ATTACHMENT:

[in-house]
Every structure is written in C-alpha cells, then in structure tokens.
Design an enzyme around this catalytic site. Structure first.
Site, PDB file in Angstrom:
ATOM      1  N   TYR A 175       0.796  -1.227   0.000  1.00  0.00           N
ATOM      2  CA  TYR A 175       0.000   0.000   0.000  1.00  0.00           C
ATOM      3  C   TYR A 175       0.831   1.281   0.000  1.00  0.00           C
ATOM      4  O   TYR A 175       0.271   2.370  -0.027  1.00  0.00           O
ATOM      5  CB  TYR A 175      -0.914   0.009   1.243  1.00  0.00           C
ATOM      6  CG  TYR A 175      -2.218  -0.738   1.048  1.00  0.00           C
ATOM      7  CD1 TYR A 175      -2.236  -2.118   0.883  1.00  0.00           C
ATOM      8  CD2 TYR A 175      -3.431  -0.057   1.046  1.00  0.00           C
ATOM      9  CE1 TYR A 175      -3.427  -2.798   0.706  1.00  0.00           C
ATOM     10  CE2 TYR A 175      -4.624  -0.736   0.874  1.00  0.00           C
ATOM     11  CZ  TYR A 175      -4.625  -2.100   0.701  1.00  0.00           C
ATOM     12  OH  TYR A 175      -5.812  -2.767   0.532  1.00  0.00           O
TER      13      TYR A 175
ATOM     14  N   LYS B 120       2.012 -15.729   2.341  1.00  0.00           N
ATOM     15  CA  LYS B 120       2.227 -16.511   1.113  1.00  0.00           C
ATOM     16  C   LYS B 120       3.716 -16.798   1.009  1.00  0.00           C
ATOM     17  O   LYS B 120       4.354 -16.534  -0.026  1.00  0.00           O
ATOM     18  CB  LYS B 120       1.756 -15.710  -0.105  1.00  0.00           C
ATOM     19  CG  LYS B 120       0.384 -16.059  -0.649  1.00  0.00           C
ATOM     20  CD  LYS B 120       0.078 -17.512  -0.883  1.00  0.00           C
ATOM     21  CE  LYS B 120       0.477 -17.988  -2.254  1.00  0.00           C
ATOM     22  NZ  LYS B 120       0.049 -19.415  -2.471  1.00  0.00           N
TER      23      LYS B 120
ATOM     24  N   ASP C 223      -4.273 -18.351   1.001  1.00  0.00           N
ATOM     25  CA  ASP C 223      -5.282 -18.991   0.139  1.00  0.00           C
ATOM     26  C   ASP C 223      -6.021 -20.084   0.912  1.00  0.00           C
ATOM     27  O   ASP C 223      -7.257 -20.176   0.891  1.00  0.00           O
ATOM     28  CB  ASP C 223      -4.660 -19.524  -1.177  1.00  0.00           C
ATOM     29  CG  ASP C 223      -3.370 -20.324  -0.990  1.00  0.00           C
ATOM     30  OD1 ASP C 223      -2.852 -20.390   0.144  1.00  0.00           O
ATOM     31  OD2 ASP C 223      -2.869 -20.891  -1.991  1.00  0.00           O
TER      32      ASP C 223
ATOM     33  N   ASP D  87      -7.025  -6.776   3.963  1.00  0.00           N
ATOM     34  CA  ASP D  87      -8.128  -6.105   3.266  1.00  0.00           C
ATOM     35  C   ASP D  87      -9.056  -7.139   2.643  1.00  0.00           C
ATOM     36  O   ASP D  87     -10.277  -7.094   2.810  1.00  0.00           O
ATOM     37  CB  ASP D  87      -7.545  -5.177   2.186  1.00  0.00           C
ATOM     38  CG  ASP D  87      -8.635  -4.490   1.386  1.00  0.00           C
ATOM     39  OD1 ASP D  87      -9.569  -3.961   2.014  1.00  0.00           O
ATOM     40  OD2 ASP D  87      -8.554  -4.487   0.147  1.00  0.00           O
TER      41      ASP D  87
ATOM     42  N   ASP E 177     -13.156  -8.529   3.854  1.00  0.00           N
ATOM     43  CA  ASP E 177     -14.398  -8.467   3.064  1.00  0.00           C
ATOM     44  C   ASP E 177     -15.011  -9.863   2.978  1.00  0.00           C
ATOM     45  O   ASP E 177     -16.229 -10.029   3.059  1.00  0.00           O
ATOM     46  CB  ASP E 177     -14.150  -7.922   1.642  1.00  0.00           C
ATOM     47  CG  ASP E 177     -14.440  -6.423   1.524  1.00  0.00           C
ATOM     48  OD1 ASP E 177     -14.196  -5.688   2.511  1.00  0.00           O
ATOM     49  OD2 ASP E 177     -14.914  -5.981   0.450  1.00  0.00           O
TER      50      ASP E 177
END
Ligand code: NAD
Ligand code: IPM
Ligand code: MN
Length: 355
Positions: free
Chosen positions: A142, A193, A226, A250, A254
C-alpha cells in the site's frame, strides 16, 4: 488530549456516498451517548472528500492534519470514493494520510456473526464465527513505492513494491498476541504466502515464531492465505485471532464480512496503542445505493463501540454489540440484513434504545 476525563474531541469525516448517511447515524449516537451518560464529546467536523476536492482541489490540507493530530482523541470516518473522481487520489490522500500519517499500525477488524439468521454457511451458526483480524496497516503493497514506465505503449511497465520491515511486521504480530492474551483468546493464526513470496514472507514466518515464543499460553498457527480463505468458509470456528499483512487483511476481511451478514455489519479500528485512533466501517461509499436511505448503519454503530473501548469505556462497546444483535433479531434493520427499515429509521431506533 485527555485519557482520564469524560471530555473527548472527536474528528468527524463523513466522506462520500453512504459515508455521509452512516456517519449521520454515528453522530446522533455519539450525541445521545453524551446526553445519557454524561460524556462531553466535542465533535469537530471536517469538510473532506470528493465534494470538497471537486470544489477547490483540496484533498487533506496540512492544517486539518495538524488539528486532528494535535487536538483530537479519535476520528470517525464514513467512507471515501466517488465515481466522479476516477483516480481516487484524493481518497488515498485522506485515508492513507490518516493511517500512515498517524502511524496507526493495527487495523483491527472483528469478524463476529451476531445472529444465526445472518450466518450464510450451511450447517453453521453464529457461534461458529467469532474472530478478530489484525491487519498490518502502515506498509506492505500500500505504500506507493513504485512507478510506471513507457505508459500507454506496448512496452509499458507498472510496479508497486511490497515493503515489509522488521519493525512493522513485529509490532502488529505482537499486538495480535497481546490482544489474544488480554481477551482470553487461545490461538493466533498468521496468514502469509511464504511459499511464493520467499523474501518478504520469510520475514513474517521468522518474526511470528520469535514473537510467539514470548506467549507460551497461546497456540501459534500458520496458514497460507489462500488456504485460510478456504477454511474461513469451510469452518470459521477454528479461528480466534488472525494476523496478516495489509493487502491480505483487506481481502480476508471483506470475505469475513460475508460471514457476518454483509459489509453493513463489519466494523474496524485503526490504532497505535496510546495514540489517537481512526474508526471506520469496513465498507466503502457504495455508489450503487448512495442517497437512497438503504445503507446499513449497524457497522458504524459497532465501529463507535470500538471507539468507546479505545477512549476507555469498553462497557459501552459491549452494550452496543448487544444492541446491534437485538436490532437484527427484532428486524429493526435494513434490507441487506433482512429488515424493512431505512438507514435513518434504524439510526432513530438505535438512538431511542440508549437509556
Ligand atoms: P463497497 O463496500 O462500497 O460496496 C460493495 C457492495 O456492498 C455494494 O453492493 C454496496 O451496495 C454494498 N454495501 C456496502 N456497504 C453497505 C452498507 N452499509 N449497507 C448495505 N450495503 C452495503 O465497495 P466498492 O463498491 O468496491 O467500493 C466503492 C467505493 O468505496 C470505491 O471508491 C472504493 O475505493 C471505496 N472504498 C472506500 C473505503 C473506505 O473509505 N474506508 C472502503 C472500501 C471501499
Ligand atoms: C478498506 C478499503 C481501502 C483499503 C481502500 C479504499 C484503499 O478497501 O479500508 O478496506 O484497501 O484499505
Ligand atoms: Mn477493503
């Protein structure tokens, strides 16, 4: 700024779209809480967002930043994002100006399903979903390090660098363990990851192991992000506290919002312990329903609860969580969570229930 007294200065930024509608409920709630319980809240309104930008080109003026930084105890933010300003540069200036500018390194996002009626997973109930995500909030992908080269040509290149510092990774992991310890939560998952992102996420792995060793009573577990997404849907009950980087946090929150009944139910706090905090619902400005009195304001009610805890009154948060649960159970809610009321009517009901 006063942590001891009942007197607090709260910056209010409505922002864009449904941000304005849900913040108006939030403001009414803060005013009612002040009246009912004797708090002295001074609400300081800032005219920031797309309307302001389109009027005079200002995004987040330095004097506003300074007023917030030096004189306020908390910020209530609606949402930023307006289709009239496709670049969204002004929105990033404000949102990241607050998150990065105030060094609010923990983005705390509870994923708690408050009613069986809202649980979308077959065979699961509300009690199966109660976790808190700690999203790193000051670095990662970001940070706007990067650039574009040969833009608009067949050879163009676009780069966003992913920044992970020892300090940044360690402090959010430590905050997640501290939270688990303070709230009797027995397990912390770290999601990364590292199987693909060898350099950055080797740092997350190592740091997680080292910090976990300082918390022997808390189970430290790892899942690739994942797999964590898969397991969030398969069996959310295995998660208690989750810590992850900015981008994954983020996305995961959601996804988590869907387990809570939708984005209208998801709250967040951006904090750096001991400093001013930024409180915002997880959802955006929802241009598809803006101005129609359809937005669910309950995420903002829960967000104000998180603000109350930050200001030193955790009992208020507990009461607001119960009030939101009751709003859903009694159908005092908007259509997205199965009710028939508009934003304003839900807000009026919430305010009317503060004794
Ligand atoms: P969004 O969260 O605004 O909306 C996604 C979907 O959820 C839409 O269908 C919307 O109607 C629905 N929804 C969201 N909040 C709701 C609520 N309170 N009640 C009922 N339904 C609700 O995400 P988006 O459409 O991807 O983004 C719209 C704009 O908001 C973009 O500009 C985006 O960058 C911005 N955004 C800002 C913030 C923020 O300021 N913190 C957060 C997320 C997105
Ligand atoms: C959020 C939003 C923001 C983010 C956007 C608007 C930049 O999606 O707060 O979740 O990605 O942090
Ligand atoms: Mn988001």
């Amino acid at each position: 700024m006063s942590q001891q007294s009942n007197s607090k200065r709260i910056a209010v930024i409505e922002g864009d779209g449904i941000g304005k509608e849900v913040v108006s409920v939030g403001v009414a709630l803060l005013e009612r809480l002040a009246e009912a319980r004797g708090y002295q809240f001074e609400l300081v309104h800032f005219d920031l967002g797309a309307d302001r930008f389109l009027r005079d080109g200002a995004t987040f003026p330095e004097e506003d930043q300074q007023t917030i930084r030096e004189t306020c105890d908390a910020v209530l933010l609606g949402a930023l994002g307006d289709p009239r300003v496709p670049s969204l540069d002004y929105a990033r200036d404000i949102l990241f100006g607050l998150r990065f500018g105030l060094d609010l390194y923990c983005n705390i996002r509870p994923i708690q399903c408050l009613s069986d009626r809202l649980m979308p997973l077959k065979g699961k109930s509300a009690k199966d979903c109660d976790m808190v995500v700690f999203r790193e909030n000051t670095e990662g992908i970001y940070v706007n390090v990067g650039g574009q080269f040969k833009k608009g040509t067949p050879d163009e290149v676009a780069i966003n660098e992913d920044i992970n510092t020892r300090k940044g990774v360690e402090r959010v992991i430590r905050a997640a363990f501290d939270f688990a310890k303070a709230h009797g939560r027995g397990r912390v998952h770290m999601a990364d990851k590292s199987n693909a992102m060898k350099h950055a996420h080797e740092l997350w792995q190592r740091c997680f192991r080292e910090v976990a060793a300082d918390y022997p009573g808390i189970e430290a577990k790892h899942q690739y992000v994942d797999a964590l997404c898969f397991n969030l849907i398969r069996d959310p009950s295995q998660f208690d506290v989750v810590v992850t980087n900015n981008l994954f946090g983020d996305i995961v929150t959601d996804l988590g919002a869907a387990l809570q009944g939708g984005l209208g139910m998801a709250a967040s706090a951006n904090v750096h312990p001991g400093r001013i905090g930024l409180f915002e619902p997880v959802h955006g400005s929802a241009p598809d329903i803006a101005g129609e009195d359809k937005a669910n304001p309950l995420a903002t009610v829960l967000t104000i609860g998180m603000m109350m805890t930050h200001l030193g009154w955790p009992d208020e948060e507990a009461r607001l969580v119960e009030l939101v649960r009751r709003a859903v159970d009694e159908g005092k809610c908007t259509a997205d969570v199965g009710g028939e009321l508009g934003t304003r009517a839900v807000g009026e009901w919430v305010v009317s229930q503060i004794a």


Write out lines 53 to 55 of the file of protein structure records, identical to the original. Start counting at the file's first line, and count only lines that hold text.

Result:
ATOM     49  OD2 ASP E 177     -14.914  -5.981   0.450  1.00  0.00           O
TER      50      ASP E 177
END